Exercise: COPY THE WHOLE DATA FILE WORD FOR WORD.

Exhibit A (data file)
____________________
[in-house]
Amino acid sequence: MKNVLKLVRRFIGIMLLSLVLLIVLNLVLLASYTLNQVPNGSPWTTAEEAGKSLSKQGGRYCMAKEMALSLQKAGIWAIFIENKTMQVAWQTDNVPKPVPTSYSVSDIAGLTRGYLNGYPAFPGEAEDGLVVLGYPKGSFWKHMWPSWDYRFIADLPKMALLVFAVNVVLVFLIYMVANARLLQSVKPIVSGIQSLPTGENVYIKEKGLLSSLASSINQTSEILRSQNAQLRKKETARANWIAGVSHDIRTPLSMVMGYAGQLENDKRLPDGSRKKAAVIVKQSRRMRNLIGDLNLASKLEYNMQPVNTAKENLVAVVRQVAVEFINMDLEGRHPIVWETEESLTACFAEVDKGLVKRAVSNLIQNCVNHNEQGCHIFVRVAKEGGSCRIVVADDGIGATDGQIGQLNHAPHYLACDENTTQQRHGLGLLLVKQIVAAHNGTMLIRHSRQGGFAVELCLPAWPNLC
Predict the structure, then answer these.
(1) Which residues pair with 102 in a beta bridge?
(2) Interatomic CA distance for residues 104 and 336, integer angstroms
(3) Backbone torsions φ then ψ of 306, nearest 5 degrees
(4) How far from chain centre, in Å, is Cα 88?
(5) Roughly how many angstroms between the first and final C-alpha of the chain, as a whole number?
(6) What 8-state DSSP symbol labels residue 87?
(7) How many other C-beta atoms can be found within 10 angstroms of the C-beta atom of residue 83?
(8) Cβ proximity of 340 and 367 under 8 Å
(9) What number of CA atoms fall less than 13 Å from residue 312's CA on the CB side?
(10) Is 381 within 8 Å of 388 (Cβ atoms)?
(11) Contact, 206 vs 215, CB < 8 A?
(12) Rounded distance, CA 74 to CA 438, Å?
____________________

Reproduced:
[in-house]
Amino acid sequence: MKNVLKLVRRFIGIMLLSLVLLIVLNLVLLASYTLNQVPNGSPWTTAEEAGKSLSKQGGRYCMAKEMALSLQKAGIWAIFIENKTMQVAWQTDNVPKPVPTSYSVSDIAGLTRGYLNGYPAFPGEAEDGLVVLGYPKGSFWKHMWPSWDYRFIADLPKMALLVFAVNVVLVFLIYMVANARLLQSVKPIVSGIQSLPTGENVYIKEKGLLSSLASSINQTSEILRSQNAQLRKKETARANWIAGVSHDIRTPLSMVMGYAGQLENDKRLPDGSRKKAAVIVKQSRRMRNLIGDLNLASKLEYNMQPVNTAKENLVAVVRQVAVEFINMDLEGRHPIVWETEESLTACFAEVDKGLVKRAVSNLIQNCVNHNEQGCHIFVRVAKEGGSCRIVVADDGIGATDGQIGQLNHAPHYLACDENTTQQRHGLGLLLVKQIVAAHNGTMLIRHSRQGGFAVELCLPAWPNLC
Predict the structure, then answer these.
(1) Which residues pair with 102 in a beta bridge?
(2) Interatomic CA distance for residues 104 and 336, integer angstroms
(3) Backbone torsions φ then ψ of 306, nearest 5 degrees
(4) How far from chain centre, in Å, is Cα 88?
(5) Roughly how many angstroms between the first and final C-alpha of the chain, as a whole number?
(6) What 8-state DSSP symbol labels residue 87?
(7) How many other C-beta atoms can be found within 10 angstroms of the C-beta atom of residue 83?
(8) Cβ proximity of 340 and 367 under 8 Å
(9) What number of CA atoms fall less than 13 Å from residue 312's CA on the CB side?
(10) Is 381 within 8 Å of 388 (Cβ atoms)?
(11) Contact, 206 vs 215, CB < 8 A?
(12) Rounded distance, CA 74 to CA 438, Å?